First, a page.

Racer Rob learns that it’s not always a one-sided affair when it comes to persistent shifts. From the Experts: Strategy, September 2011.
Doc: So the second type is the one-off persistent shift. This is when a new breeze is coming on the scene (often showing up as the old breeze dying). This one is most often signaled by some weather signals—be they cloud or temperature change, an out-of-range shift, or the breeze substantially strengthening or softening. If your eyes are open, you notice something weird is going on.
ROB: But you still do the same thing, don’t you? You work out which side and go for it.
Doc: Well, yes that is right, except it only works once. The shift goes through, or the new breeze comes in, and then there are new conditions and new rules. The same side might not work next time.
ROB: Aha! That’s what we had then, one of them so-called “one-off” babies!
Doc: Well, no. It doesn’t sound like it actually. Was there a permanent change in the wind conditions?
ROB: Well, no actually. If I didn’t know better, I would have said the breeze actually flicked back and forth all day, just like an oscillating breeze.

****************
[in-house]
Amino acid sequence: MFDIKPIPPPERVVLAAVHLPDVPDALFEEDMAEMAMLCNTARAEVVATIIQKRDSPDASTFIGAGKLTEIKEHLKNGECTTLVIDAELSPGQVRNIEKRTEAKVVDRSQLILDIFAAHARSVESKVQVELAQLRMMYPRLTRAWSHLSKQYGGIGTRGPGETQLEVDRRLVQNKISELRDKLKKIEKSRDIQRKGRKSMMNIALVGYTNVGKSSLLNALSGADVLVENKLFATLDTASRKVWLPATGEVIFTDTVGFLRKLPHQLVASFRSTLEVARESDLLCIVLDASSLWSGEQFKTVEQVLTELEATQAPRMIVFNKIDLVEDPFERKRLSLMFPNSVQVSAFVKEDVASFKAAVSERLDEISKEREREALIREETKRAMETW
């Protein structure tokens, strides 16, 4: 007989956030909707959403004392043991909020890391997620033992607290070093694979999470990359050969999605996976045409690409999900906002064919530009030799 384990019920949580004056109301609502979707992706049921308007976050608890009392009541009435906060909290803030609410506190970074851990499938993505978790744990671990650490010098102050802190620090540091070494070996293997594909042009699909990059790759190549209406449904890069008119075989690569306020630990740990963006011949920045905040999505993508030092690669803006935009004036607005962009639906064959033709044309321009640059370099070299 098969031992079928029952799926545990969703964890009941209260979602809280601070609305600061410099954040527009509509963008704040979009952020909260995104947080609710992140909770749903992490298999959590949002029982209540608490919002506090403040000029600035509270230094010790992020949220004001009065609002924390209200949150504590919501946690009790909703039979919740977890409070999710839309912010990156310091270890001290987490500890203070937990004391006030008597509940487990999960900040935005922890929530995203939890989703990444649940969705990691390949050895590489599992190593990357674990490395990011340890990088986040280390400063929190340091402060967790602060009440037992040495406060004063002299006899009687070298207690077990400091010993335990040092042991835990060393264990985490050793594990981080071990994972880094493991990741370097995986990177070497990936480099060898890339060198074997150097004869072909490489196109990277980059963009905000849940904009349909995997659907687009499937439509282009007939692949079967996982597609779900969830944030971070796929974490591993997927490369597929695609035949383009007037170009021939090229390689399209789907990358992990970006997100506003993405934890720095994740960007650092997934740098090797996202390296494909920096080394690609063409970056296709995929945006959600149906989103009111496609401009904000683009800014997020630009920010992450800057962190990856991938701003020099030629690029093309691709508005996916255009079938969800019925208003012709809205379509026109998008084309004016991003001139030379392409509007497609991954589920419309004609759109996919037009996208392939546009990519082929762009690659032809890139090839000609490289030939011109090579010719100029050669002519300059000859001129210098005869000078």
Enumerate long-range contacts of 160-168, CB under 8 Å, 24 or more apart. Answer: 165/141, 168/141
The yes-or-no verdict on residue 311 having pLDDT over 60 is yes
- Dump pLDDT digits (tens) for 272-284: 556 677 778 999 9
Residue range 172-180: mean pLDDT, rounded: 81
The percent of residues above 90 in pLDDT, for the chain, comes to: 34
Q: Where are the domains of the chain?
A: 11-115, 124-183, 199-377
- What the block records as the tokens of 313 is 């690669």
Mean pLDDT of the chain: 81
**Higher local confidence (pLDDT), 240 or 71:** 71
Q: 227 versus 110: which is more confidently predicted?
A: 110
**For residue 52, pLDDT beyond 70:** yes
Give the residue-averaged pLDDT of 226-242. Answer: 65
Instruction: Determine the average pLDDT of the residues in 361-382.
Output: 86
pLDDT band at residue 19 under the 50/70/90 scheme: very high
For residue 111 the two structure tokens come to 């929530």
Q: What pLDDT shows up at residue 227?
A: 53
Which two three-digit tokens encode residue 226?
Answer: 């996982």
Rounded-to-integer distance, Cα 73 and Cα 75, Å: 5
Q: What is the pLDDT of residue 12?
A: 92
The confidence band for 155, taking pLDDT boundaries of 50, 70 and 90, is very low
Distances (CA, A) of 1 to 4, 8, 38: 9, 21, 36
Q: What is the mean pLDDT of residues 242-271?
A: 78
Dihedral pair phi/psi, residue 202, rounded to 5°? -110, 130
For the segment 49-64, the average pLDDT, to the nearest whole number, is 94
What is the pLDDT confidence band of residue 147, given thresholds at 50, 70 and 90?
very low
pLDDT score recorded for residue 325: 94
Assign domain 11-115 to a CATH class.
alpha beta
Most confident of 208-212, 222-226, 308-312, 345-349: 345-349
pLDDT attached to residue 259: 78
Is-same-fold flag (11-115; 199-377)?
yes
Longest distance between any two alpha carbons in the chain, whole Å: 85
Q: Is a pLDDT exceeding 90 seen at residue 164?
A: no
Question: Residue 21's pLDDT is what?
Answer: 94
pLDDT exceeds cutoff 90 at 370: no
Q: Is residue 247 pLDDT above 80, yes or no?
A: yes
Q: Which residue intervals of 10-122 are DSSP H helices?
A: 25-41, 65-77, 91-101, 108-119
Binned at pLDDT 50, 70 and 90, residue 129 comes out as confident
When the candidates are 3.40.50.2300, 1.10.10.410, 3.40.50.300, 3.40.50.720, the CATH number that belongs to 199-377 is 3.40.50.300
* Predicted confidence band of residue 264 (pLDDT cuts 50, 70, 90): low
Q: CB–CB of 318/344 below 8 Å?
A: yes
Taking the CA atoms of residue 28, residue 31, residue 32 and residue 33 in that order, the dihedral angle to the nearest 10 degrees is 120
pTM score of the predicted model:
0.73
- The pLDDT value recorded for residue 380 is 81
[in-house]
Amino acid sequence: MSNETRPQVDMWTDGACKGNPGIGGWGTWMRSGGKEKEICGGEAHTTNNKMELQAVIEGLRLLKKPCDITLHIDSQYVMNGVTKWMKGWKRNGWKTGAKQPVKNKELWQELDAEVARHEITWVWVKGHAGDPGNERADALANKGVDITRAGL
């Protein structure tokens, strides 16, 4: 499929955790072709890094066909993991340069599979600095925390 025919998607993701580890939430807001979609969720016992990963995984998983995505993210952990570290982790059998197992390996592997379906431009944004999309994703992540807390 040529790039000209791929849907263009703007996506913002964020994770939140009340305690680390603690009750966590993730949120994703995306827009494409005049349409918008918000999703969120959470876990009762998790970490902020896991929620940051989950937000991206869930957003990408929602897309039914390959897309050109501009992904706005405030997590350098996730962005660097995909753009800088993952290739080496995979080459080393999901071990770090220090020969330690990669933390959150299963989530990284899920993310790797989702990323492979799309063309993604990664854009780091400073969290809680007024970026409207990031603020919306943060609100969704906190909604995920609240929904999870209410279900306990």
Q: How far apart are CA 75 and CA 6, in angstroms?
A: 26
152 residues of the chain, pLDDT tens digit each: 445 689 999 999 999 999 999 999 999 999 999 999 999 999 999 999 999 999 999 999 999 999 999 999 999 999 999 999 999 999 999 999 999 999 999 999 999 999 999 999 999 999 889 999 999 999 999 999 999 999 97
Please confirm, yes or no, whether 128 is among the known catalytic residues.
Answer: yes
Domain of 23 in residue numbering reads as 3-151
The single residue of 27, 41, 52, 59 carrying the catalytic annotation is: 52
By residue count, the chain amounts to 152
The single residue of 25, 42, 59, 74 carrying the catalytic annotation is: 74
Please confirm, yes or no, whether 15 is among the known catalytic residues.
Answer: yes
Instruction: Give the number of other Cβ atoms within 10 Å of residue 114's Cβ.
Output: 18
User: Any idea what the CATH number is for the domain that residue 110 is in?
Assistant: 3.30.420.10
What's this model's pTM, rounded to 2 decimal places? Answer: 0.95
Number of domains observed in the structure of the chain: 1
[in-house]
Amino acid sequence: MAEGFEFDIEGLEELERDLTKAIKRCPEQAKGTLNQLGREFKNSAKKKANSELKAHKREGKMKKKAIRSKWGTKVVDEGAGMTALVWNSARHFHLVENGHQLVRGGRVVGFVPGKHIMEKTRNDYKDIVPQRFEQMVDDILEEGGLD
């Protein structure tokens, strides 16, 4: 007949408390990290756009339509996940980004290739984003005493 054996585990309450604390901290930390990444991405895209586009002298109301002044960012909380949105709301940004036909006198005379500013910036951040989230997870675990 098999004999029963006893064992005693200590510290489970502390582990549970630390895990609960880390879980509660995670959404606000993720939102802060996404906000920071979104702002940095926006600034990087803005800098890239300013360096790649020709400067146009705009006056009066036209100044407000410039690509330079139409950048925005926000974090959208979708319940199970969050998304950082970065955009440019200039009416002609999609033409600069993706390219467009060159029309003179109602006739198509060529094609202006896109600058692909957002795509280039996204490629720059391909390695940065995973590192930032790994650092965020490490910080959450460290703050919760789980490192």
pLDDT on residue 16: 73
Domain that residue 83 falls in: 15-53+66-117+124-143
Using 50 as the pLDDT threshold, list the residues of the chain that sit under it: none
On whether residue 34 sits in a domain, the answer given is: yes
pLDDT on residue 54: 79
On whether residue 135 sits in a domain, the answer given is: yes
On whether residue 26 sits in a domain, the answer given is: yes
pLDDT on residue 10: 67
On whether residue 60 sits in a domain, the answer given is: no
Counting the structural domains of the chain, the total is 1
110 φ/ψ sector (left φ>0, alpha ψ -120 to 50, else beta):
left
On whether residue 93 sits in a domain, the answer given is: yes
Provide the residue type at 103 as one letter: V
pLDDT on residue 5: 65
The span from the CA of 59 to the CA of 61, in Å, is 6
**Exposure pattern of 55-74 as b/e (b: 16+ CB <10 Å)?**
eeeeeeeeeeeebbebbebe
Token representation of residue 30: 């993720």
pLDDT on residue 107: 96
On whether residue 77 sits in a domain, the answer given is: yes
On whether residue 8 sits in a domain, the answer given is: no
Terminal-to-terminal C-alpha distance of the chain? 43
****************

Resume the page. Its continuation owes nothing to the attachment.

Doc: Yes. That would be it.
ROB: But it wasn’t oscillating. It was persistent. It didn’t come back until after the end of the beat. By definition, that is persistent, isn’t it?
Doc: Persistent and oscillating actually.
ROB: Now you’re getting me confused.
Doc: No, really. The third kind of persistent shift is the too-long phase oscillation. You often get those off the low, flat land, particularly on a cold and grey day like today, when there’s not much heating going on. What it means is the breeze is flicking back and forth over quite a long period, which effectively means persistent shifts each beat, but it can favor one side or the other. Strictly speaking, it’s an oscillating breeze, but because it has such long phases, one side or the other usually pays, and so it looks like your regular garden-variety “hit-one-side” persistent shift.
ROB: So you still hit the sides?
Doc: Yes, but you have to work out very early on what long-term phase the breeze is in—left or right—and head for the corner where you expect the next major shift. “Too-long phase oscillations” are hard to pick out because there are usually small short-phase oscillations hiding the bigger pattern. A good clue is if you start getting confused about what the mean wind direction is, then you should start looking for a bigger, longer-phase pattern.
ROB: So you really need to keep track of your compass numbers.
Doc: That’s the key. Not just the minute-to-minute stuff, but the patterns over half an hour or more. When you come around the bottom mark, you’re not focused on heading out to the same side as last time. You’re looking to see if you are in the long-term lifting or knocking phase, and get on the lifted tack smartly.
ROB: Cool! Now I can go and show up that crew of mine. They think they’re so smart.
Doc: Actually, I had the same talk with them two weeks ago.
ROB: Oh … Damn ... That was why they got so stroppy when I said, “We’re going right. It worked last time.”
Doc: Sounds like the next round’s on you, skipper.